Arwel Gruffydd’s Berwyn presides over the club like a gay Fagin, offering a home to young men who seek to escape the vicissitudes of a homophobic, hetero-normative world and who would rather live in the warm – if seemingly artificial – embrace of the drag scene, where they can leave their historic shame at the door.

We meet Gabriel at the very point where he must accept that the sybaritic life of a twink in his twenties has to end as adulthood beckons.

Lost Boys & Fairies. Image: BBC


However, there is an additional, fascinating strand to Lost Boys and Fairies: that of bilingualism – an exploration new to mainstream BBC One.

Gabriel hails from a classic, rural Welsh speaking family, where life is full of traditional culture. A plethora of songs are sung: on car journeys (folk), in chapel (hymns) and at bedtime (pop).

These scenes are subtitled, and viewers are invited to contrast particular aspects of Welsh-speaking and Anglo-Welsh cultures, where even Gabriel’s name is pronounced differently.

Gabriel, in his attempt to escape his past, also eschews his native tongue.

He’s initially determined that his new son will not attend Welsh language schools or have a Welsh name – a strategy that speaks volumes about his own sense of cultural oppression.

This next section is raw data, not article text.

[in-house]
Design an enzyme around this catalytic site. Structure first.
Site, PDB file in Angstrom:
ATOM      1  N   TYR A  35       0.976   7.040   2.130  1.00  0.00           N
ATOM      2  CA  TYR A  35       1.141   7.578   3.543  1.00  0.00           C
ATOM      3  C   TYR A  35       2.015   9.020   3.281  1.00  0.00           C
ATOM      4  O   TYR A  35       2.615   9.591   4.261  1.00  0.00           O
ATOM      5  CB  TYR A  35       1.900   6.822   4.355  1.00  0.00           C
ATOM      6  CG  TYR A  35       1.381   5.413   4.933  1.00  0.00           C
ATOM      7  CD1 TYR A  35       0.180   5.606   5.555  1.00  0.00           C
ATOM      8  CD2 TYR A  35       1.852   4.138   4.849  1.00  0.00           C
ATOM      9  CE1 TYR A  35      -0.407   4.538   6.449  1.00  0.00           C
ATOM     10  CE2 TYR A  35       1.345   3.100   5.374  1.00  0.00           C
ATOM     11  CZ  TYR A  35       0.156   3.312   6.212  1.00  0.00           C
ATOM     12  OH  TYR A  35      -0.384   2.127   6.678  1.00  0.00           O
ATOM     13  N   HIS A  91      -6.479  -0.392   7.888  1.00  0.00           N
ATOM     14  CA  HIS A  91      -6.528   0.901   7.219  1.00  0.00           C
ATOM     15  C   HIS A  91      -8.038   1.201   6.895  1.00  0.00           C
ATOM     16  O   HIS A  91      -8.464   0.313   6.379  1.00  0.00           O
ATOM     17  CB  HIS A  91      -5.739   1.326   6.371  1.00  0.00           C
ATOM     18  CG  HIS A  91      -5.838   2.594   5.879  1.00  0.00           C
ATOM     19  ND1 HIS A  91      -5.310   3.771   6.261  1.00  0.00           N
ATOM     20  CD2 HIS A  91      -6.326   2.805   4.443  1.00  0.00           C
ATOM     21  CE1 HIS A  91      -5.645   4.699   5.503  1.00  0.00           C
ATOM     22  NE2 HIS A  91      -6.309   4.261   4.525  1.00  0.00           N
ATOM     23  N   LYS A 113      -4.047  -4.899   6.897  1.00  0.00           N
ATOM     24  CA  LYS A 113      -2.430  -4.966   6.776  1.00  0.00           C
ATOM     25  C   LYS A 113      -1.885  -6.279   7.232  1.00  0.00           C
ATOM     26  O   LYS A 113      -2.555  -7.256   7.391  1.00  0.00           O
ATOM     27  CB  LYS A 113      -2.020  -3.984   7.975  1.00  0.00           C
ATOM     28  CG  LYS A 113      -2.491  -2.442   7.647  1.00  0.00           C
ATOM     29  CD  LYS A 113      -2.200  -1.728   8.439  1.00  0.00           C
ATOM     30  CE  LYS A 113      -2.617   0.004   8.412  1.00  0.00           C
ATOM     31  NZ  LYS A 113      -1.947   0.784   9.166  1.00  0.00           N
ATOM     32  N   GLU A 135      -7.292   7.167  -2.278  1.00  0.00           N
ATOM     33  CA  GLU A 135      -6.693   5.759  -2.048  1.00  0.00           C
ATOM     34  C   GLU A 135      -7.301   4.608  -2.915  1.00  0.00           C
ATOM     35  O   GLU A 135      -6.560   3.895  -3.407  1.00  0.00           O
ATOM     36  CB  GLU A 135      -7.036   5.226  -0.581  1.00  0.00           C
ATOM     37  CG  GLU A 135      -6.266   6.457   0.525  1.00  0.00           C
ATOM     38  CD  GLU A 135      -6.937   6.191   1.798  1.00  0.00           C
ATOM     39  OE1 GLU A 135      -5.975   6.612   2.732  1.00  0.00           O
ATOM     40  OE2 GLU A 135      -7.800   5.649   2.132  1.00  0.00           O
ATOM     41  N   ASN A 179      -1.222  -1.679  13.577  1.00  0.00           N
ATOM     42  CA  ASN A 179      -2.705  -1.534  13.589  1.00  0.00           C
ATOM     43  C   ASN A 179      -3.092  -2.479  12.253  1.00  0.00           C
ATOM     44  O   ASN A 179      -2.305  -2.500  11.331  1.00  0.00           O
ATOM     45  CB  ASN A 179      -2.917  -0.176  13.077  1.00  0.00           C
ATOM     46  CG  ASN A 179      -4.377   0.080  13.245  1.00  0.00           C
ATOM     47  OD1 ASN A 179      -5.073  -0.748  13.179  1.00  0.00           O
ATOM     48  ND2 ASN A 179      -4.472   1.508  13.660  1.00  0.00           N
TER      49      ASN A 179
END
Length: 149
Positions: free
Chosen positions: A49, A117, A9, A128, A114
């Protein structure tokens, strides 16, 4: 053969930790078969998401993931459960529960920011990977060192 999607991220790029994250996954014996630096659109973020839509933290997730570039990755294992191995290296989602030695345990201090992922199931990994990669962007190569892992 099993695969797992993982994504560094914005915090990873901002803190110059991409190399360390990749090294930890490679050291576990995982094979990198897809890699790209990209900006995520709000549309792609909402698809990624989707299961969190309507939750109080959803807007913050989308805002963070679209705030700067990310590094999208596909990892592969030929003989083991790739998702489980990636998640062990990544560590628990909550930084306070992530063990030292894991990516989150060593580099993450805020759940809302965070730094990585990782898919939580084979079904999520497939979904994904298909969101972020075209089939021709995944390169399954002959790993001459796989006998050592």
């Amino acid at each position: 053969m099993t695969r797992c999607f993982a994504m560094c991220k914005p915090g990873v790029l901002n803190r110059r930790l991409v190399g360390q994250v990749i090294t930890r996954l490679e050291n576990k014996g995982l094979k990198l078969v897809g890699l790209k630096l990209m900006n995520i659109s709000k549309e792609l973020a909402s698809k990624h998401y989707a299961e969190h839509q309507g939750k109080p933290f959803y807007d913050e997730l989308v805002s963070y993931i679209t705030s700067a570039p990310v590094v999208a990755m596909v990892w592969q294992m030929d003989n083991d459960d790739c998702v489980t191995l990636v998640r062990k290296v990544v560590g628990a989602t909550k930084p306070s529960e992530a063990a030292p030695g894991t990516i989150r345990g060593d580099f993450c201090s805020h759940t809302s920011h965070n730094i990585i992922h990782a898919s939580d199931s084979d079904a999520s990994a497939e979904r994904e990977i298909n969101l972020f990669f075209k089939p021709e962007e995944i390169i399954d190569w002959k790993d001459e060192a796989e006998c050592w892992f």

It’s a touching point that Andy, who hails from another Celtic culture, is keener to pass on his adopted country’s linguistic and cultural traditions to his son.

For Gabriel, his 80s childhood – made vivid through Margaret Thatcher’s public objection to gay inalienable rights, John Hurt’s demonic voiceover on government TV adverts warning against AIDS – is flooded with grief and shame, to which his native language and culture are indivisibly linked.

Lost Boys and Fairies – Image BBC

One of the most moving features of Lost Boys and Fairies is Gabriel’s painful journey back to the past, as he begins to untangle the psychological knots tied tightly in the intersections of shame, and cultural and sexual identity.

If, as Wordsworth put it, the child is the father of the man, then in Gabriel’s case, his pathway towards being a new father is also his salvation.

In leaving behind childhood things, he is released to hold onto the precious parts of his early years, including his language and the love of his mother, and move on with courage and self-knowledge.

Daf James has written a searingly honest, witty and original drama, catapulting him to a new phase of his career, where we’re all excited to see what comes next.

Lost Boys and Fairies is available to watch here.

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Arthur Owen
Arthur Owen
27 days ago

This should have,at least,six episodes.There were no real difficulties i Gabe and Jake’s relationship.These could have been examined in six episodes perhaps.

Elizabeth gardine
Elizabeth gardine
23 days ago

It was staggeringley utterly fabulous. I know the main actors have acted for years but this has got to bring them into world class. There was not one flaw in this breathtaking drama. I cried the whole way through and laughed and chuckled in parts and still now wish for an ending with Andy in it. It’s simply the best thing I’ve seen in years and I can’t stop thinking about it. And the music just fitted like a glove and so so powerful. Honestly I am telling all who will listen to watch this sublime drama. Someone on here… Read more »